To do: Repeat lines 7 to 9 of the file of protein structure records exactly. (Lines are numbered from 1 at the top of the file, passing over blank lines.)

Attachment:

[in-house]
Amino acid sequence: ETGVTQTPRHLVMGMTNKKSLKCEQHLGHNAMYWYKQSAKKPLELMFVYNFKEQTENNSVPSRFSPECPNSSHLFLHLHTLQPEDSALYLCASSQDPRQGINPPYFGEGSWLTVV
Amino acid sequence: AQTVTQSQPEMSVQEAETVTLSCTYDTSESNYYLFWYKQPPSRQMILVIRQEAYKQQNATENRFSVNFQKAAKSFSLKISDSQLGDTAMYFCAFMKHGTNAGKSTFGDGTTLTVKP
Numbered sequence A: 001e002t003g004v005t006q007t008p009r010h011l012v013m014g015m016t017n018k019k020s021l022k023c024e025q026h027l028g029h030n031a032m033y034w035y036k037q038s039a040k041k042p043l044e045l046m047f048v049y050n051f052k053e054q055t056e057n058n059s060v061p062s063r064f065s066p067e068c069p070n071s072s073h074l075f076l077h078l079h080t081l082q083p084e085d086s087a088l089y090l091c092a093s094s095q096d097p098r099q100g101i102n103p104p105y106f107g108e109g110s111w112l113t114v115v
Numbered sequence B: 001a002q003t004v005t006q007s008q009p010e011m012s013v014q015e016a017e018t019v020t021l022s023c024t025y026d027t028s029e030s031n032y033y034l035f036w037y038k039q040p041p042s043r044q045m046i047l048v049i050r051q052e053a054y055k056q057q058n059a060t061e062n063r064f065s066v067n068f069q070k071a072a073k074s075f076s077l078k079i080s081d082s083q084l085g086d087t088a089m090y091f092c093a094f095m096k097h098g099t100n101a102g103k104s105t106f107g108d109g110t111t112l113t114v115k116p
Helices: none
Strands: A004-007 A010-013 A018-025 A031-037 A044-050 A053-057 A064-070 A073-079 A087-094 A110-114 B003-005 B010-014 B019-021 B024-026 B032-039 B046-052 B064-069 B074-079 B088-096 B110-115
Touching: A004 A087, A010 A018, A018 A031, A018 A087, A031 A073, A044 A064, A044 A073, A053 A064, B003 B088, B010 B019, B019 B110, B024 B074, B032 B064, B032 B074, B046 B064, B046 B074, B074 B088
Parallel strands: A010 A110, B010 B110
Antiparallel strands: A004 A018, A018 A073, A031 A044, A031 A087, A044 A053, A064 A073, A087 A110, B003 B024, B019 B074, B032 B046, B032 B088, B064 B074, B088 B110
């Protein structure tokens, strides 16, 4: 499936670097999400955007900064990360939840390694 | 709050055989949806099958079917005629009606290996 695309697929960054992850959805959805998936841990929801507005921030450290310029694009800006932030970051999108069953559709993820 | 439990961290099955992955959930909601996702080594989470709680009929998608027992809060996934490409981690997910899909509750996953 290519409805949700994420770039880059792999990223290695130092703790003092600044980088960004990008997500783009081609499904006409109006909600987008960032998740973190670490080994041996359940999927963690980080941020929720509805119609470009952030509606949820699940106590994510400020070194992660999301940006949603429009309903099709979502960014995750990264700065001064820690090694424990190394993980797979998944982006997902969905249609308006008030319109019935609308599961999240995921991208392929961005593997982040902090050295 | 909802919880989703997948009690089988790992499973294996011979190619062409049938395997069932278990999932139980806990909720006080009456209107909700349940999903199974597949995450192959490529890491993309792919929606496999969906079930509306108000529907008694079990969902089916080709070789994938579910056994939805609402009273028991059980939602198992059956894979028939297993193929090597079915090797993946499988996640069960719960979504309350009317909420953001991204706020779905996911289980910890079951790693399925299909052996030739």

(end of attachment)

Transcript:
Strands: A004-007 A010-013 A018-025 A031-037 A044-050 A053-057 A064-070 A073-079 A087-094 A110-114 B003-005 B010-014 B019-021 B024-026 B032-039 B046-052 B064-069 B074-079 B088-096 B110-115
Touching: A004 A087, A010 A018, A018 A031, A018 A087, A031 A073, A044 A064, A044 A073, A053 A064, B003 B088, B010 B019, B019 B110, B024 B074, B032 B064, B032 B074, B046 B064, B046 B074, B074 B088
Parallel strands: A010 A110, B010 B110